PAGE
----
It was an occasion to enjoy the fruits of and, in the process, encourage the culinary talents of neighbours. It ended up being a race to pick up the dishes of choice before the stock finished.
CE Block hosted a Pithe Puli Utsav one winter afternoon where 10 stalls had been set up by women of the block who had knack for preparing traditional sweets that carry the taste of the season.
Barely had the chief guest, Hidco chairman Debashis Sen, completed a tour of the stalls after opening the festival that swarms of the sweet-toothed descended.
Block resident Debdas Chatterjee interviews one of the participants
The first casualty was Athrayee Das’s Shahi Gur and Badam Phirni at the extreme left table, which finished in under half an hour. As yet another irate neighbour complained for not saving a couple of cups for her to buy, Athrayee tried to reason with her: “I had made 50 cups. People started depositing cash in advance even before the inauguration took place. What could I do?”
Seated behind an empty table, Athrayee lamented: “I did not even give one to my daughter to taste though she helped me. Looks like I should have made a few more.”
A variety of desserts on sale
Kanakanjali Roy too had a similar experience. “Kouto ta khultei nimeshe sesh,” she said of the Dudh Puli made by her mother-in-law Anindita Mitra. “We did not even taste any at home other than the broken pieces.” The duo sold patisapta and rose cake too. “We made 45 pieces of each,” Roy added.
But Mitra would not have made more even if she foresee the huge demand. “This is about enjoyment, not about making money,” she said.
Prospect of enjoyment is what made Anisha Das volunteer in manning the cash transaction of a stall with her friend Ritwika. Ritwika's mother Shyamali Sengupta had prepared the dishes. “Nonta Pithe and Moog Dal Pithe sold the quickest,” the friends affirmed.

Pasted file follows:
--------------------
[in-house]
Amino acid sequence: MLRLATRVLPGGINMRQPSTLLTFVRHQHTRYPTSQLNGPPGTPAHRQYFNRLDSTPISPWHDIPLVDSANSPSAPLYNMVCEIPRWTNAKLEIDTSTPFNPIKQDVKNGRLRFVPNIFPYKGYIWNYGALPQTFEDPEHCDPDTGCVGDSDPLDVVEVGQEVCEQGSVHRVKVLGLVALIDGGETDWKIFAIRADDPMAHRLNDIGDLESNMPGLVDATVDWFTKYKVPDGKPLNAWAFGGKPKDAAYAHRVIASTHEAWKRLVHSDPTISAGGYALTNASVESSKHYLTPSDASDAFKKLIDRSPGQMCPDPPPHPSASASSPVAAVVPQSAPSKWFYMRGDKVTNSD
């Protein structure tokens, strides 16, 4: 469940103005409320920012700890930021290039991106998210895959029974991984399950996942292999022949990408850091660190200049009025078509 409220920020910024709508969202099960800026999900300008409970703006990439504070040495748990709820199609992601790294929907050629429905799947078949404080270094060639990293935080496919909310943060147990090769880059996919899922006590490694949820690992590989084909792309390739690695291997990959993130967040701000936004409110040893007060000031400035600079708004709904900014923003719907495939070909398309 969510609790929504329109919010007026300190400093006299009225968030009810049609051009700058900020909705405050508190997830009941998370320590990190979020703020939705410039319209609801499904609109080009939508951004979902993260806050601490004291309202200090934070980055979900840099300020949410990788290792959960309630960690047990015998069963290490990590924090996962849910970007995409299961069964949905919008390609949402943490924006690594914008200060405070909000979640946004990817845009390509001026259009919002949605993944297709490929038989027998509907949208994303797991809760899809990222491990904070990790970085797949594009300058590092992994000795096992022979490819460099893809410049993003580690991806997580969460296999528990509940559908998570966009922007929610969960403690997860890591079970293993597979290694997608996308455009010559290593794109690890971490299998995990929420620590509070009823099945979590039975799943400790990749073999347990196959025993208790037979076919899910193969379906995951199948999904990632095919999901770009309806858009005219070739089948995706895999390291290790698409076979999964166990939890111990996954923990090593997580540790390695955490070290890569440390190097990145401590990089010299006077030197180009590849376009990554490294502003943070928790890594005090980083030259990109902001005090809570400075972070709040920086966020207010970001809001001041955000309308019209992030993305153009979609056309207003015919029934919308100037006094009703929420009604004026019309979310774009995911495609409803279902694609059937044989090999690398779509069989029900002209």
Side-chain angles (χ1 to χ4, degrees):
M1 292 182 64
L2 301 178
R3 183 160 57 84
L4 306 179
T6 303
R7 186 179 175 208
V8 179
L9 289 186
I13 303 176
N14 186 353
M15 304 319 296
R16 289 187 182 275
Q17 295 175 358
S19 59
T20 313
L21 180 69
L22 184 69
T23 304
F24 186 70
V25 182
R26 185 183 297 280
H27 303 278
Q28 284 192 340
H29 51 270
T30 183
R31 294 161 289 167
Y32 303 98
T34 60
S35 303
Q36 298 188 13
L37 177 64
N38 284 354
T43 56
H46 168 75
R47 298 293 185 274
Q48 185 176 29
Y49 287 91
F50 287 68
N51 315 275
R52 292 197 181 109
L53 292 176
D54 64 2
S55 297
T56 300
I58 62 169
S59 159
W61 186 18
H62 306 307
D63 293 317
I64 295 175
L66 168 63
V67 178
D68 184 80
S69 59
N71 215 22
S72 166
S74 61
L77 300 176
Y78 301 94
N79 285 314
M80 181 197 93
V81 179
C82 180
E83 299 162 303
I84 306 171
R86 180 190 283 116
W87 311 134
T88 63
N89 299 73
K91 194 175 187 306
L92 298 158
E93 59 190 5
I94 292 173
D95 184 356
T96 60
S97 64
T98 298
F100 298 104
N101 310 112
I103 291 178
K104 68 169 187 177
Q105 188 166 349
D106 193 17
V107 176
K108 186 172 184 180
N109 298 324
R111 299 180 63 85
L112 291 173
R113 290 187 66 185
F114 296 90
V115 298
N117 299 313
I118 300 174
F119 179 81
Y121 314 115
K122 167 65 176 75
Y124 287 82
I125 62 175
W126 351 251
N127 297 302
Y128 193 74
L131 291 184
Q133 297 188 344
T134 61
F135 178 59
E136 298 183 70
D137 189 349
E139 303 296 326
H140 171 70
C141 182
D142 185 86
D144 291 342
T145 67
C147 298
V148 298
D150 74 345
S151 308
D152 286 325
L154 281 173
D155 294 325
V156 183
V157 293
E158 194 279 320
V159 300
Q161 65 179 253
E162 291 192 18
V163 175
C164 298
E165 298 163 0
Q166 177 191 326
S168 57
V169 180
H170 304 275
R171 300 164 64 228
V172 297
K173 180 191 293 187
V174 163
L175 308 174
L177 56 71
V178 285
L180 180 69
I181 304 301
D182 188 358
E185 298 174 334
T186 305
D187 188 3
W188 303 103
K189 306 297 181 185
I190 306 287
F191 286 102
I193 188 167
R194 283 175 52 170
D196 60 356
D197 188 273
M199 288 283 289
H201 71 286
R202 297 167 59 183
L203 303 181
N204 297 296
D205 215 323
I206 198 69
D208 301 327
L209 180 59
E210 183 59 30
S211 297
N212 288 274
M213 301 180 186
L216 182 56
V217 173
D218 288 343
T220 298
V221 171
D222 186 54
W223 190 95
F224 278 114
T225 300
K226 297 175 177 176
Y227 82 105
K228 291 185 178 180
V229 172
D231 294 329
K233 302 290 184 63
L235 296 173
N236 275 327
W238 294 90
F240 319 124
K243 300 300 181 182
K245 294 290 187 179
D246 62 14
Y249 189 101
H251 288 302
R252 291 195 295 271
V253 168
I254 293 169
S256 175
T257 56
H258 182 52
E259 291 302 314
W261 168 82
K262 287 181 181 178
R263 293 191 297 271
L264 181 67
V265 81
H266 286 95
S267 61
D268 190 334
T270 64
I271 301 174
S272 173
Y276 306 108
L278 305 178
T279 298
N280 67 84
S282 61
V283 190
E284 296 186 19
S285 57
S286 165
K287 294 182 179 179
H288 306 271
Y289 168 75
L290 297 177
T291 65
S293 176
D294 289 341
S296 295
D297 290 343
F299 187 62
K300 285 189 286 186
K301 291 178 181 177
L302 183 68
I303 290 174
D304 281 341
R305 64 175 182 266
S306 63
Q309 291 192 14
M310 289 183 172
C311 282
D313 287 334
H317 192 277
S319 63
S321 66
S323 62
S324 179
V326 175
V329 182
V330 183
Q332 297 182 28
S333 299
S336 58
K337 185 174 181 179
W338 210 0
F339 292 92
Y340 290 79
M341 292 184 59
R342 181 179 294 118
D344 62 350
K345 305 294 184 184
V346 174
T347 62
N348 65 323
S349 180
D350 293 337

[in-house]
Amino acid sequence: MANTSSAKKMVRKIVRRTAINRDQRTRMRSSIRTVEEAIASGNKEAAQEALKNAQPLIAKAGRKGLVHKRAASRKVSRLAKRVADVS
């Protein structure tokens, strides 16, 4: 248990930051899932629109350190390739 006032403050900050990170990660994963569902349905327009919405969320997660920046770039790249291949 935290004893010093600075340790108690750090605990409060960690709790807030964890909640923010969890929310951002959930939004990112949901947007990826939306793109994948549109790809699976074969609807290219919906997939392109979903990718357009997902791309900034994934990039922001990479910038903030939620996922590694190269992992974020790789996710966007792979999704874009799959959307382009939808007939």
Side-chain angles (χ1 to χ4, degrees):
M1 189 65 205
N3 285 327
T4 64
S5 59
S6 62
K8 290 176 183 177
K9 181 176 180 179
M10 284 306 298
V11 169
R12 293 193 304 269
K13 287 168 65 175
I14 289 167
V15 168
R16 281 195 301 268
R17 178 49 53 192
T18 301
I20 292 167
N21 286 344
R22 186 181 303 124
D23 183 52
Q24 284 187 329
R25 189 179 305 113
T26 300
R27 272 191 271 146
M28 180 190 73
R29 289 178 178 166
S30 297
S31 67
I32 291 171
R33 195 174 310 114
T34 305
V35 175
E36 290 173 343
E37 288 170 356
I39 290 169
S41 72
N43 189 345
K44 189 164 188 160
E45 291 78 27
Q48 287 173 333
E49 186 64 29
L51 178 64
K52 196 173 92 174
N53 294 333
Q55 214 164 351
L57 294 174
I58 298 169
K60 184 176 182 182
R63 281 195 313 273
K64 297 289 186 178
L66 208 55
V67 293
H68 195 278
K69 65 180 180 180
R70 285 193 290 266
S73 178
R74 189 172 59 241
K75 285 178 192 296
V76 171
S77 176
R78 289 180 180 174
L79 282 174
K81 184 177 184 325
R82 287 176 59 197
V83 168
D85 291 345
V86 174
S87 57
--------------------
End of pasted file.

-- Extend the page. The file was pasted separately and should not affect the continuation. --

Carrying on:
Jhal Bhapa Roll
In fact, so happy was Sengupta at her dishes being sold out that she suggested that such a pop-up sale be hosted every two or three months in the block.
Sumona Jana and her husband Ranadwip Saha had come home from Bangalore for the lockdown and has stayed on, working from home. While her husband was helping her run the counter, she found an assistant in her father At home. “He chopped 2kg carrots for my Gajorer Halwa. He also pasted the daal and grated coconut for rosbora and dudhpuli,” said the girl.
Several innovative items were on offer. Nita Banerjee had made Jhal Bhapa Roll. “Diabetics can take this. I make this with sweets too for non-diabetics,” she pointed out. Nandita Chatterjee had made Rajma Kheer. Kanakanjali was selling vegetable patisapta, in which vegetables were used in place of narkel kheer.
Gopa Sarkar's Gokul Pithe Cheese Cake triggered curiosity. “Cheese cake on top, gokul pithe under it, a layer of biscuit beneath, more cheese cake at the bottom,” she explained.
The stall-owners had no chance to budge from their posts. But some were lucky to have friendly neighbours like Sanchita Mitra who picked up items of choice from other tables in time for them to taste after they sold off their own dishes.
A couple sells Gajorer Halwa at the stall
The event was planned on the basis of a suggestion from Sen, the Hidco chief. “When he came on Christmas to inaugurate our park, he had asked us to organise community events here. So we thought of starting with a celebration of pithe, which is part of our tradition,” said Alok Das, secretary of CE Block residents association.
Pictures: Sudeshna Banerjee